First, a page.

Danish doctors are allowed to deal with the means they consider useful and with social security funding, which also pays for chiropractic treatments.
On the other hand, there is an agency responsible for the voluntary registration of non-medical therapists who use complementary therapies. Hence, citizens have a guarantee on their training and can claim in case of negligence.
Acupuncture, homeopathy, anthroposophic, chiropractic, or phytotherapy treatments are totally or partially financed by social security provided they are prescribed by doctors of the national health system.
In 1991 the American government founded the Agency of Alternative Medicine, which in 1998 became the National Center for Alternative and Complementary Medicines, and which in 2014 changed its name again to become the National Center for Complementary and Integrative Health.
The successive names illustrate an evolution: from the "alternative" to the "integration." The main objective of this government department is to finance research, training, and dissemination.
As for the medical care of the population, about 40% of hospitals offer some alternative therapy. On the other hand, half of the medical schools offer specific training, and more than 40 have research, training, or integrative care centers.
84% of Japanese doctors use Kampo (herbal) medicines, and many subsidized.
In China, alternative and conventional medicine are practiced in parallel at all levels of health services. Citizens can freely choose what type of treatment they want to receive.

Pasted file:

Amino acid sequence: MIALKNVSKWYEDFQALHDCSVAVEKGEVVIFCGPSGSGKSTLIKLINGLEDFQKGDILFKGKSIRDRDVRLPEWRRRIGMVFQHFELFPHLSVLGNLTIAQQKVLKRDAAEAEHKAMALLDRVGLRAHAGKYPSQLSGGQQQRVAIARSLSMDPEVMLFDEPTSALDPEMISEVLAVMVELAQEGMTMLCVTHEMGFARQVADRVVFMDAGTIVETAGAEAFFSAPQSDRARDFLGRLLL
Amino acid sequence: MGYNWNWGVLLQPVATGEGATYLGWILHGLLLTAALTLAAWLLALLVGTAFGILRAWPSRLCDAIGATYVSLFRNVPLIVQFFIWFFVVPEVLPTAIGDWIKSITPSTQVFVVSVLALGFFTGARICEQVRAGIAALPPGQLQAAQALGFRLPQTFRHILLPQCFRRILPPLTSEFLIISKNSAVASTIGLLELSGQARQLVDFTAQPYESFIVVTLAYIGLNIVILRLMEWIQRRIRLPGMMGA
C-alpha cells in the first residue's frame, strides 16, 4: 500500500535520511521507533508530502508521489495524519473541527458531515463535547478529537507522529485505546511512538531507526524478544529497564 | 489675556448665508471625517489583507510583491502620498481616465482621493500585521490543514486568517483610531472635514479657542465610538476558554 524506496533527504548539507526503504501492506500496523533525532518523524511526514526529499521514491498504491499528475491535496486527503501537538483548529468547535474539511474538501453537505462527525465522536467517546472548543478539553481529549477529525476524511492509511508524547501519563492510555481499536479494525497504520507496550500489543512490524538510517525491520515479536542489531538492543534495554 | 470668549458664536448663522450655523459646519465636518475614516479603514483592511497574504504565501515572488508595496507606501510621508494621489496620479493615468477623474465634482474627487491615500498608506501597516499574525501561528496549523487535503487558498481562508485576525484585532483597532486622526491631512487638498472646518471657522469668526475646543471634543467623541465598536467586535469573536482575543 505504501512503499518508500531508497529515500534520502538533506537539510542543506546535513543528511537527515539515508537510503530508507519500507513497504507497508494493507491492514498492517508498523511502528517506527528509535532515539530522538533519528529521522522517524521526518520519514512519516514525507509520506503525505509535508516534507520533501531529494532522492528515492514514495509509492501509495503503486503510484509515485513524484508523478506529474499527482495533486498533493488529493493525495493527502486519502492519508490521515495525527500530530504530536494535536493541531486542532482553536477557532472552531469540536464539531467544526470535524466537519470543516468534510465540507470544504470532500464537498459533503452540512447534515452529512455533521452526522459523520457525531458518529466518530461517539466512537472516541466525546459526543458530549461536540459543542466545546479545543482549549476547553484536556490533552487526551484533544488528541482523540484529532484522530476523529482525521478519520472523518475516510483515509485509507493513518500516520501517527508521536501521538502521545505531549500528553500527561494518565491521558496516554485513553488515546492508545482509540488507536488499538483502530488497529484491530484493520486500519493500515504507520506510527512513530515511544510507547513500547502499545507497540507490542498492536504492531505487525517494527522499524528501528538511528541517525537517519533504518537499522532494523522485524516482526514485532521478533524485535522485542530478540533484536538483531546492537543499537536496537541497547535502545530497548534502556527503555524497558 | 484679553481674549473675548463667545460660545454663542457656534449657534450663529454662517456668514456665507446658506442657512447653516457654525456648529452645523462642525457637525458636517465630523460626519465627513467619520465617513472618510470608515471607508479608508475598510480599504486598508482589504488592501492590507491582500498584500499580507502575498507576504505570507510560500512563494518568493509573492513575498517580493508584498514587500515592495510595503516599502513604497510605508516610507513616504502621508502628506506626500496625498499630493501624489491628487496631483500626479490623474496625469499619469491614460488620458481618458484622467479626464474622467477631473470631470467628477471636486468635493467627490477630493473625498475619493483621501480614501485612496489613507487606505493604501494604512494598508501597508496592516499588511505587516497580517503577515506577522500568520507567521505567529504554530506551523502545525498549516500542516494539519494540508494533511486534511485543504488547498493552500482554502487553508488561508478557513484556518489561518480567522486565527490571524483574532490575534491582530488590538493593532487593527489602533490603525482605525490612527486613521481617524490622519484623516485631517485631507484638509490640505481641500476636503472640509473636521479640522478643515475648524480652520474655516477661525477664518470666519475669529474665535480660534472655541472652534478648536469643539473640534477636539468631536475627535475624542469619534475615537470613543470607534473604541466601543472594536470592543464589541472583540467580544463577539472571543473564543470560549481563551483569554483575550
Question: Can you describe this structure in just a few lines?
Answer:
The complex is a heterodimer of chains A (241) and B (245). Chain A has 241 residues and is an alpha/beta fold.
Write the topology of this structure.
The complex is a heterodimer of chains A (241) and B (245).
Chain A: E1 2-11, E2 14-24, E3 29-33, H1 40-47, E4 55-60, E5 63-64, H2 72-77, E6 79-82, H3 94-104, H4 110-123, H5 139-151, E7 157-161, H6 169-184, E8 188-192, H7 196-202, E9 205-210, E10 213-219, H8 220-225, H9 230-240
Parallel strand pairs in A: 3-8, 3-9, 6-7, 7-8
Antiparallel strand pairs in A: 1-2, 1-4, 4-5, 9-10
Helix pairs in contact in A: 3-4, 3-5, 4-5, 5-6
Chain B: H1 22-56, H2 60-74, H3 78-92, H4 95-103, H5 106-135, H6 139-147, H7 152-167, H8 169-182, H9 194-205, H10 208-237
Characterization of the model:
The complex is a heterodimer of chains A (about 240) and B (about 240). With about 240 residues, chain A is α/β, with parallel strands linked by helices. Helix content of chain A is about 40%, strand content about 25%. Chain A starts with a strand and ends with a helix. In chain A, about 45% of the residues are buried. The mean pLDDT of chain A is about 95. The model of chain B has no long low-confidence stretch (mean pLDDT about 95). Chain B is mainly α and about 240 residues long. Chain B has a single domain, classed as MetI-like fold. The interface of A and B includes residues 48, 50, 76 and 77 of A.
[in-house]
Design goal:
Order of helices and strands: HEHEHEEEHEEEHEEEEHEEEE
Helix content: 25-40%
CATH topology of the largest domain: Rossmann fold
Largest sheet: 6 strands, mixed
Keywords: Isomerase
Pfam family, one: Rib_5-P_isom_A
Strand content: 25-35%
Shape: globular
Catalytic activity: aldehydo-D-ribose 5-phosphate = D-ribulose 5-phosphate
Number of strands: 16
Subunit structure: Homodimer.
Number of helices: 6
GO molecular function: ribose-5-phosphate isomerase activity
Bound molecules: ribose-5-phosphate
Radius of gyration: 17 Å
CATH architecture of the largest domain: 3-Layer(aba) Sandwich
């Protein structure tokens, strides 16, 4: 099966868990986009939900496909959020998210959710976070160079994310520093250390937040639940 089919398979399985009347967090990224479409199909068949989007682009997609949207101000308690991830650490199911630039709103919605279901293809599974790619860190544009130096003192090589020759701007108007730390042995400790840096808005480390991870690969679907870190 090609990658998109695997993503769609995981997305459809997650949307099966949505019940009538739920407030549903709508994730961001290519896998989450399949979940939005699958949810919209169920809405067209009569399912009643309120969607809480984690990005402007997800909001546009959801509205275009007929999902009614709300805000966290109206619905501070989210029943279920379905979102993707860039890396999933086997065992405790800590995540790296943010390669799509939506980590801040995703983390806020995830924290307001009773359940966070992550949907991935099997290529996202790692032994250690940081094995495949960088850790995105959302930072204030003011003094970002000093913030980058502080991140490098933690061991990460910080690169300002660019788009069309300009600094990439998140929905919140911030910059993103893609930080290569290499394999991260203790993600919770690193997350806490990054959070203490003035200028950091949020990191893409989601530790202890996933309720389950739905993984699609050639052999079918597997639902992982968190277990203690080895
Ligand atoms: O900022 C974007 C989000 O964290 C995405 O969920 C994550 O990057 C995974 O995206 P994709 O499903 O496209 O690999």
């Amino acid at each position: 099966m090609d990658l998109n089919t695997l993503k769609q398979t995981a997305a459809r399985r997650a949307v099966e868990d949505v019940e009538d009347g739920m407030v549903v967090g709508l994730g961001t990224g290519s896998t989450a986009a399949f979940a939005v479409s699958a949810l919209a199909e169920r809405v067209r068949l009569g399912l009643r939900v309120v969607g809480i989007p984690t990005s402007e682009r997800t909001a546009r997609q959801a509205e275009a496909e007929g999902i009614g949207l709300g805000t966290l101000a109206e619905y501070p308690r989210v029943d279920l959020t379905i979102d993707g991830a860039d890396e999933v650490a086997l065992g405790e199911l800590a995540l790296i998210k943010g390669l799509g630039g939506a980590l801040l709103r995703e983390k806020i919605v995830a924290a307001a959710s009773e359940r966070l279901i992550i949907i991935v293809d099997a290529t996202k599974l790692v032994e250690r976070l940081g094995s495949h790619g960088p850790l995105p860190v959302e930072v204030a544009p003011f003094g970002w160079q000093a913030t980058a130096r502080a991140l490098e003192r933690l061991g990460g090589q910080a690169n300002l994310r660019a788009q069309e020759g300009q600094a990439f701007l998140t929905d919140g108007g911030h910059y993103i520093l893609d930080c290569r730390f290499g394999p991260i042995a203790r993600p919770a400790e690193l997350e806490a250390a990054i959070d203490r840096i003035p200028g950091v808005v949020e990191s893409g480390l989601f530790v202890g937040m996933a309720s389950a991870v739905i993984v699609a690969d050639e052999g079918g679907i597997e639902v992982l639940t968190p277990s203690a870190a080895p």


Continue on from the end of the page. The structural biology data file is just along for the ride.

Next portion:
95% of Spaniards know some natural therapy. The most recognized are yoga, acupuncture, taichi, chiro massage, and homeopathy. 24% have used natural treatments. The most used are yoga, acupuncture, chiro massage, foot reflexology, and taichí.
The average user of natural therapies is upper middle class, and 36 to 45 years old. Among women, it is more frequent to resort to alternative medicines. Patients rate satisfaction with natural therapies with 4.2 out of 5. They have a positive image of complementary medicines. They consider that they are beneficial on a physical and mental level.
In Spain, there are 9,000 doctors who usually prescribe homeopathy and 3,000 practice acupuncture. There are currently more than 80,000 professionals who pay taxes under the heading of naturopath, acupuncturist and other parasanitary techniques.
In Spain, there are no laws, national policies, plans, or official agencies related to unconventional medicines.
The homeopathic products are considered by Spanish legislation as medicines, prepared by the procedures of the European Pharmacopoeia and the Royal Spanish Pharmacopoeia, and only sold in pharmacies. Doctors may prescribe homeopathy, but the patient has to pay for it.
In 2011, the Ministry of Health, Social Policy, and Equality published a document with a view to a possible regulation that considered osteopathy and acupuncture useful for specific indications.
Doctors or therapists who offer complementary therapies must undergo sufficient training. If a therapy center has a responsible doctor, it can be classified as a health center.
Acupuncture is offered in some public hospitals to treat pain or Reiki (in this case, at the patient's request and administered by volunteers).